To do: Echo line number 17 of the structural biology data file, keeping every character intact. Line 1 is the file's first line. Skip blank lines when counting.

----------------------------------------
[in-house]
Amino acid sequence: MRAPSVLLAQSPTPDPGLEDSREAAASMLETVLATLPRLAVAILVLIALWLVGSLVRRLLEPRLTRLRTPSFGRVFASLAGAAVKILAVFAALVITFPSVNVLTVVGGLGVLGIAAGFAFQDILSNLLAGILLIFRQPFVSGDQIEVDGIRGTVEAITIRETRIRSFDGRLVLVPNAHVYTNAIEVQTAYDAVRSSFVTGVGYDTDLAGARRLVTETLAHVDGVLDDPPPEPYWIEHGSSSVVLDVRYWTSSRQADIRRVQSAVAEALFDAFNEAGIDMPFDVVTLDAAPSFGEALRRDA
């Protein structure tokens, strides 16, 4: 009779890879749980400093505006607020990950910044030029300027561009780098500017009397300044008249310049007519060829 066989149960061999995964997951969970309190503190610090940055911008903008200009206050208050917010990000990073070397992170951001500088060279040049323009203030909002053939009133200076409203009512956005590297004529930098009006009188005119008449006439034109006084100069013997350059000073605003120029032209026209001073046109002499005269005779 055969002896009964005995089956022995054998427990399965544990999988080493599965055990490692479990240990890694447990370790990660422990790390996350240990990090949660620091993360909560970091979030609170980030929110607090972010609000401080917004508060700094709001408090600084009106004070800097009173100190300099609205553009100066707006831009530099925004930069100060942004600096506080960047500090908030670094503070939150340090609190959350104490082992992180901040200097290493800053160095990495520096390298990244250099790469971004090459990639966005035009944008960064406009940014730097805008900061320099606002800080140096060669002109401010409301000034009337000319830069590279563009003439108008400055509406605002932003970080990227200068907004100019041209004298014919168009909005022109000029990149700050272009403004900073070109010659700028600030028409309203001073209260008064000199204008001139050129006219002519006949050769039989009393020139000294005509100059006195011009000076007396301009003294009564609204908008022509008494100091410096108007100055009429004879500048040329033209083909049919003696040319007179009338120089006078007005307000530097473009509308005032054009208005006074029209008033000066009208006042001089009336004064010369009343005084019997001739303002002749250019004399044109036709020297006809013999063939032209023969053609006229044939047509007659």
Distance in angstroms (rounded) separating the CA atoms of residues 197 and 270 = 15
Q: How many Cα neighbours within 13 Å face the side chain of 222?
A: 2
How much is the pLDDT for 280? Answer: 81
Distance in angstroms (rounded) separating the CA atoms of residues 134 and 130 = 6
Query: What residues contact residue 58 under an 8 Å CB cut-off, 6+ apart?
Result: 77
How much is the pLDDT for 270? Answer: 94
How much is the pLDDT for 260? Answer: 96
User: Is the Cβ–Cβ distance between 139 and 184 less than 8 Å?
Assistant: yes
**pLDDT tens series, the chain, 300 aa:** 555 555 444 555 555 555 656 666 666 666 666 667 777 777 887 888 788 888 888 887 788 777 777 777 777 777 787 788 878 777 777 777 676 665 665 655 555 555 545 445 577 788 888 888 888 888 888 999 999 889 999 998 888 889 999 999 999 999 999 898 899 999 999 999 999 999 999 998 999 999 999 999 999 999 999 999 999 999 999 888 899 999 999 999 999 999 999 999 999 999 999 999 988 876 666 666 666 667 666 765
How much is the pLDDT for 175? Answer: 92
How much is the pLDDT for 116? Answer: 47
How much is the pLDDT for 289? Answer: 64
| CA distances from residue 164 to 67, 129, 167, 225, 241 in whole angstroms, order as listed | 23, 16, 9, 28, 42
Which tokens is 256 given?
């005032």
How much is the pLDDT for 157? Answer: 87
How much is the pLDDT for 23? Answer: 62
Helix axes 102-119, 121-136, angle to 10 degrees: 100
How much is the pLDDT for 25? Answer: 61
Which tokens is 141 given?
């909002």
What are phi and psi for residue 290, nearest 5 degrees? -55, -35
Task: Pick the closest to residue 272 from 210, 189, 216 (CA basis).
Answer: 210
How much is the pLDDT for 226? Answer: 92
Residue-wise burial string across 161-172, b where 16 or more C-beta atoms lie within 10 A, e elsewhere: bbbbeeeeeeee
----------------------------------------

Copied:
How much is the pLDDT for 116? Answer: 47